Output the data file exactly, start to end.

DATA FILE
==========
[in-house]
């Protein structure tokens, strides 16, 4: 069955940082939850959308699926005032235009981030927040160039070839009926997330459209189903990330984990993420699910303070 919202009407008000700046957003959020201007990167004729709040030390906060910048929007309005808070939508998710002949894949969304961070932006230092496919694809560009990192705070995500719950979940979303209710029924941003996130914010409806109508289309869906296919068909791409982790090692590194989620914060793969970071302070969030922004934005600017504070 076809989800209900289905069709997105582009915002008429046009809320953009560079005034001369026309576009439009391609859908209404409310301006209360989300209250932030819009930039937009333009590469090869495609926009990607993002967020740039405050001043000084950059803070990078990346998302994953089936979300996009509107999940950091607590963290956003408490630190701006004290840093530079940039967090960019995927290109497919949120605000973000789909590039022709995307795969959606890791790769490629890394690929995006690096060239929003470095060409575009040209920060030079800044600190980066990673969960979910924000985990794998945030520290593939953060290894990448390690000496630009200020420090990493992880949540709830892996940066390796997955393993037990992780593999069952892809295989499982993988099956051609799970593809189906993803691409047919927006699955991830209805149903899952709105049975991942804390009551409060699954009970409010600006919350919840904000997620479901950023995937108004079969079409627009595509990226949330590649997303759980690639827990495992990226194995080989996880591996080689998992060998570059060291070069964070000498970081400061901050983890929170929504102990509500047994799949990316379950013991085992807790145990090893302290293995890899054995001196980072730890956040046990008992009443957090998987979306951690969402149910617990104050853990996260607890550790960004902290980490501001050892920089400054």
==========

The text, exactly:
[in-house]
């Protein structure tokens, strides 16, 4: 069955940082939850959308699926005032235009981030927040160039070839009926997330459209189903990330984990993420699910303070 919202009407008000700046957003959020201007990167004729709040030390906060910048929007309005808070939508998710002949894949969304961070932006230092496919694809560009990192705070995500719950979940979303209710029924941003996130914010409806109508289309869906296919068909791409982790090692590194989620914060793969970071302070969030922004934005600017504070 076809989800209900289905069709997105582009915002008429046009809320953009560079005034001369026309576009439009391609859908209404409310301006209360989300209250932030819009930039937009333009590469090869495609926009990607993002967020740039405050001043000084950059803070990078990346998302994953089936979300996009509107999940950091607590963290956003408490630190701006004290840093530079940039967090960019995927290109497919949120605000973000789909590039022709995307795969959606890791790769490629890394690929995006690096060239929003470095060409575009040209920060030079800044600190980066990673969960979910924000985990794998945030520290593939953060290894990448390690000496630009200020420090990493992880949540709830892996940066390796997955393993037990992780593999069952892809295989499982993988099956051609799970593809189906993803691409047919927006699955991830209805149903899952709105049975991942804390009551409060699954009970409010600006919350919840904000997620479901950023995937108004079969079409627009595509990226949330590649997303759980690639827990495992990226194995080989996880591996080689998992060998570059060291070069964070000498970081400061901050983890929170929504102990509500047994799949990316379950013991085992807790145990090893302290293995890899054995001196980072730890956040046990008992009443957090998987979306951690969402149910617990104050853990996260607890550790960004902290980490501001050892920089400054």